Chapter 32 describes "a Bachelor's Party, given by Mr Bob Sawyer at his Lodgings".  These lodgings are in Lant Street which Dickens describes as follows: "the chief features of the still life of this street are green shutters, lodging-bills, brass door-plates, and bell-handles; the principal specimens of animated nature, the pot-boy, the muffin youth, and the baked-potato man.  The population is migratory, usually disappearing on the verge of quarter-day, and generally by night.  His Majesty's revenues are seldom collected in the happy valley; the rents are dubious; and the water communication is very frequently cut off."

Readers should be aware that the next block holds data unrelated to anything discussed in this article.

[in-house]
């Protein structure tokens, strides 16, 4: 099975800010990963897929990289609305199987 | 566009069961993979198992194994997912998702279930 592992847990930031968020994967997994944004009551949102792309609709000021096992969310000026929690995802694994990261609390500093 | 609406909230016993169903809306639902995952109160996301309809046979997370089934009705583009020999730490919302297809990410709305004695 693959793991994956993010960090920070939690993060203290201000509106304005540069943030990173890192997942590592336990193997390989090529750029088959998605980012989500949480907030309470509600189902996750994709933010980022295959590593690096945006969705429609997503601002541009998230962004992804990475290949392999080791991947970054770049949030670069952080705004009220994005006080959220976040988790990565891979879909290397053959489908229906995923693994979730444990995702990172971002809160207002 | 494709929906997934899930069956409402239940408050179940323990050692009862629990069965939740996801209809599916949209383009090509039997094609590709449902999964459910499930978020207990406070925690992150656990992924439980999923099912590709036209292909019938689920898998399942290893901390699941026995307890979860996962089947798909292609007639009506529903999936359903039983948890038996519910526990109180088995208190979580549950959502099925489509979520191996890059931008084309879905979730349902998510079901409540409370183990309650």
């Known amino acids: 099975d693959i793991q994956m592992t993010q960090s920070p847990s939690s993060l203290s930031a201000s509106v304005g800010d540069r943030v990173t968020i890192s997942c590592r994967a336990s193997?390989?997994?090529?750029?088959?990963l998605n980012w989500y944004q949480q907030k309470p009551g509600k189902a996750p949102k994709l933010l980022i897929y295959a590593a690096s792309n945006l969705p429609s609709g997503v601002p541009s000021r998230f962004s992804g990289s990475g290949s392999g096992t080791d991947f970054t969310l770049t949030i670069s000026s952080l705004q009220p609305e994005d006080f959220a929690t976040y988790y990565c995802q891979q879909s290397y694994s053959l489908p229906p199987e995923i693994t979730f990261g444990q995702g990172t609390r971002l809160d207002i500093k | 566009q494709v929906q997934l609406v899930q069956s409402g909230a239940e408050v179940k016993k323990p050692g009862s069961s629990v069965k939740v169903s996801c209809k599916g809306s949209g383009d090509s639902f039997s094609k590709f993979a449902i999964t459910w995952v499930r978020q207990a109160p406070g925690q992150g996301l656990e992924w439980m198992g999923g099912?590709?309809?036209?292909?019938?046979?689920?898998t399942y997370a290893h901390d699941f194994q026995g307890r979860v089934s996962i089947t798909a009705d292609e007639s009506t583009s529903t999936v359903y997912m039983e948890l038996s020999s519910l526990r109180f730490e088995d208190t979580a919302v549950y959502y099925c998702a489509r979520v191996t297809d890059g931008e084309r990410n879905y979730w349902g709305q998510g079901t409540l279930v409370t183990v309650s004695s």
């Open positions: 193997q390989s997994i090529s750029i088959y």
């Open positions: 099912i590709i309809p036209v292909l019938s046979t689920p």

As has already been hinted at, many people living in this street are in debt and often do not pay their debts.  Mr Sawyer is in debt to his landlady, Mrs Raddle who becomes upset when his friend calls her "an unreasonable woman" when she asks for the rent.  At this point Mr Pickwick and his friends arrive, followed by some other visitors.  There is drinking and card playing and the company become more and more boisterous as the evening progresses until the landlady tells Mr Sawyer to "turn them wretches out".  On seeing Mr Pickwick, she informs him that he was old enough to be his grand-father and was worse than any of them.    
Although this is a funny chapter, it also highlights the common practice in Victorian times of living "on tick" with no regard to how this affected the tradespeople who also had bills to pay.  This instalment introduces two themes which were to feature frequently in Dickens' later writing - the law, especially the time many cases took to be resolved, and the problem of debt.